Race, Class, And The Dilemmas Of Upward Mobility For African Americans

1637 Words Nov 12th, 2016 7 Pages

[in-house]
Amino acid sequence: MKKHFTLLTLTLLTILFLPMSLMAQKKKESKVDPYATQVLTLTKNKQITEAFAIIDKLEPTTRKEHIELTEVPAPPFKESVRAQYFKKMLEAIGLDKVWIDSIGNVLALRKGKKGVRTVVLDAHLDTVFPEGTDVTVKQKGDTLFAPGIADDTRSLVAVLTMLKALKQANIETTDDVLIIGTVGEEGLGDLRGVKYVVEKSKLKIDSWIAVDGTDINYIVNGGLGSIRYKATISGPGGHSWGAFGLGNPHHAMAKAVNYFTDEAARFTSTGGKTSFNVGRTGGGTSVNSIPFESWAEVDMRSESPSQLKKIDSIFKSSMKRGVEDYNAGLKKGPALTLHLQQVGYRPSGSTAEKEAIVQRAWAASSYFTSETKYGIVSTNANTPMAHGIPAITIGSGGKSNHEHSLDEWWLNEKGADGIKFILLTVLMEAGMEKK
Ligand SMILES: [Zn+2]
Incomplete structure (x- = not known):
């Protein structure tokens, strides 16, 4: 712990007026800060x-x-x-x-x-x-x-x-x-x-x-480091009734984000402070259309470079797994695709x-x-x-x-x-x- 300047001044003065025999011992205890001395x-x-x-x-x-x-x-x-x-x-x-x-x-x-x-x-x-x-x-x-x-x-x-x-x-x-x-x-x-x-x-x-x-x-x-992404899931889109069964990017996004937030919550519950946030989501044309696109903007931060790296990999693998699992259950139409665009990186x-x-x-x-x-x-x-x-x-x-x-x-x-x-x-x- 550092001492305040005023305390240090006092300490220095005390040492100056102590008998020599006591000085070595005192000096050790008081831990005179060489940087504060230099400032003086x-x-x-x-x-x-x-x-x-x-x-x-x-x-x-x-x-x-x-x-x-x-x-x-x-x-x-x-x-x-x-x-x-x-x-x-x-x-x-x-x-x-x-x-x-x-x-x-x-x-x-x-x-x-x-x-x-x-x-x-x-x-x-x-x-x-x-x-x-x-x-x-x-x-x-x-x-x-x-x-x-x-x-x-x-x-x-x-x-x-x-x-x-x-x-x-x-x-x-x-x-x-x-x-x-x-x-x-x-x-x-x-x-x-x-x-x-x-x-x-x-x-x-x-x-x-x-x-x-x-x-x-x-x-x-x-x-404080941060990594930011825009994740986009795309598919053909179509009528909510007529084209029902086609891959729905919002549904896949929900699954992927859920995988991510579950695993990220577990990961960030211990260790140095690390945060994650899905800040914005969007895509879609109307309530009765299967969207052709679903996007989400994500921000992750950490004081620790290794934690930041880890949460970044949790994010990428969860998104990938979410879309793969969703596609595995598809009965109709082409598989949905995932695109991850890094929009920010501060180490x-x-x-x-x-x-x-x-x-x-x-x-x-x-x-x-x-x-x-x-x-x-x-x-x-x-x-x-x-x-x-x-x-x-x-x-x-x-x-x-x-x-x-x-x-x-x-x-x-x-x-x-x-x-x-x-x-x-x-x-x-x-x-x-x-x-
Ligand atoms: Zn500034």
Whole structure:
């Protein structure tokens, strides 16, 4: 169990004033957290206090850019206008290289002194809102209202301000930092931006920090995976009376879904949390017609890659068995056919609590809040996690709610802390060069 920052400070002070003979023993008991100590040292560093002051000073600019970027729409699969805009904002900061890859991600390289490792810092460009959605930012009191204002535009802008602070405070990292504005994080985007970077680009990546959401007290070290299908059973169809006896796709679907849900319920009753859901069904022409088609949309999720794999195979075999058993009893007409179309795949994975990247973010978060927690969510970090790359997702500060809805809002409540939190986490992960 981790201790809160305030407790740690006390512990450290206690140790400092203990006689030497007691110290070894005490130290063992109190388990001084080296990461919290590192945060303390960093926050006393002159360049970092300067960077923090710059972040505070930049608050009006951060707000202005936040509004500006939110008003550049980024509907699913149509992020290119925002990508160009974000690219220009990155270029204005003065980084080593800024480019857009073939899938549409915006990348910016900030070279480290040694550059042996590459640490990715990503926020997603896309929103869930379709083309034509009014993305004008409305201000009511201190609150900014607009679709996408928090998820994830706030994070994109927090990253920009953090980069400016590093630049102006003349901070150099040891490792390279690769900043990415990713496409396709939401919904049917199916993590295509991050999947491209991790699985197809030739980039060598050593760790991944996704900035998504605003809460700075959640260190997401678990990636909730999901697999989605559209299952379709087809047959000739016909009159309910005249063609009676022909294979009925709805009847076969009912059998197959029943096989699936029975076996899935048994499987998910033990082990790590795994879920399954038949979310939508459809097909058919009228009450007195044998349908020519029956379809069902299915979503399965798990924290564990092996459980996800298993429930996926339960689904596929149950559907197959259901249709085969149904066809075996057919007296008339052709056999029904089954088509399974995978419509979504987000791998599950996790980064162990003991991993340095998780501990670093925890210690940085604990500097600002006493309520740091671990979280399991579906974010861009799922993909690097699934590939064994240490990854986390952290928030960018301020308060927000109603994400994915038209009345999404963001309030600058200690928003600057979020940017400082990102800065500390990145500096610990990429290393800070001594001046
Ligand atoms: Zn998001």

What defines an individual? Besides the given name, every individual is often viewed by making connections with his/ her background information such as race and ethnicity. In “Race, Class, and the Dilemmas of Upward Mobility for African Americans”, Elizabeth Cole and Safiya Omari used the concept of intersectionality to suggest that there are a lot more hidden characteristics when it comes to identifying an individual, specifically in this case, African Americans. Intersectionality is the overlap in experiences of social categories such as race, class, gender and much more. Using Cole and Omari’s article as a lens, an excerpt taken from Dreams from My Father written by Barack Obama will also be analyzed and used to support Cole and Omari’s idea that besides looking at race, African Americans’ social class level, skin color, and gender are also taken into consideration to determine their place and where they stand in the society. Is there a difference between individuals of the same race? Throughout “Race, Class, and the Dilemmas of Upward Mobility for African Americans”, Cole and Omari repetitively make claims that even being in the same race does not make everyone equal. They quote, “Class and, perhaps more importantly, status divisions have long existed within the African American community” (786). With this, they add, Blacks were divided into two groups, light and dark skin. During the days of slavery, Blacks with a lighter shade received benefits and better work tasks…

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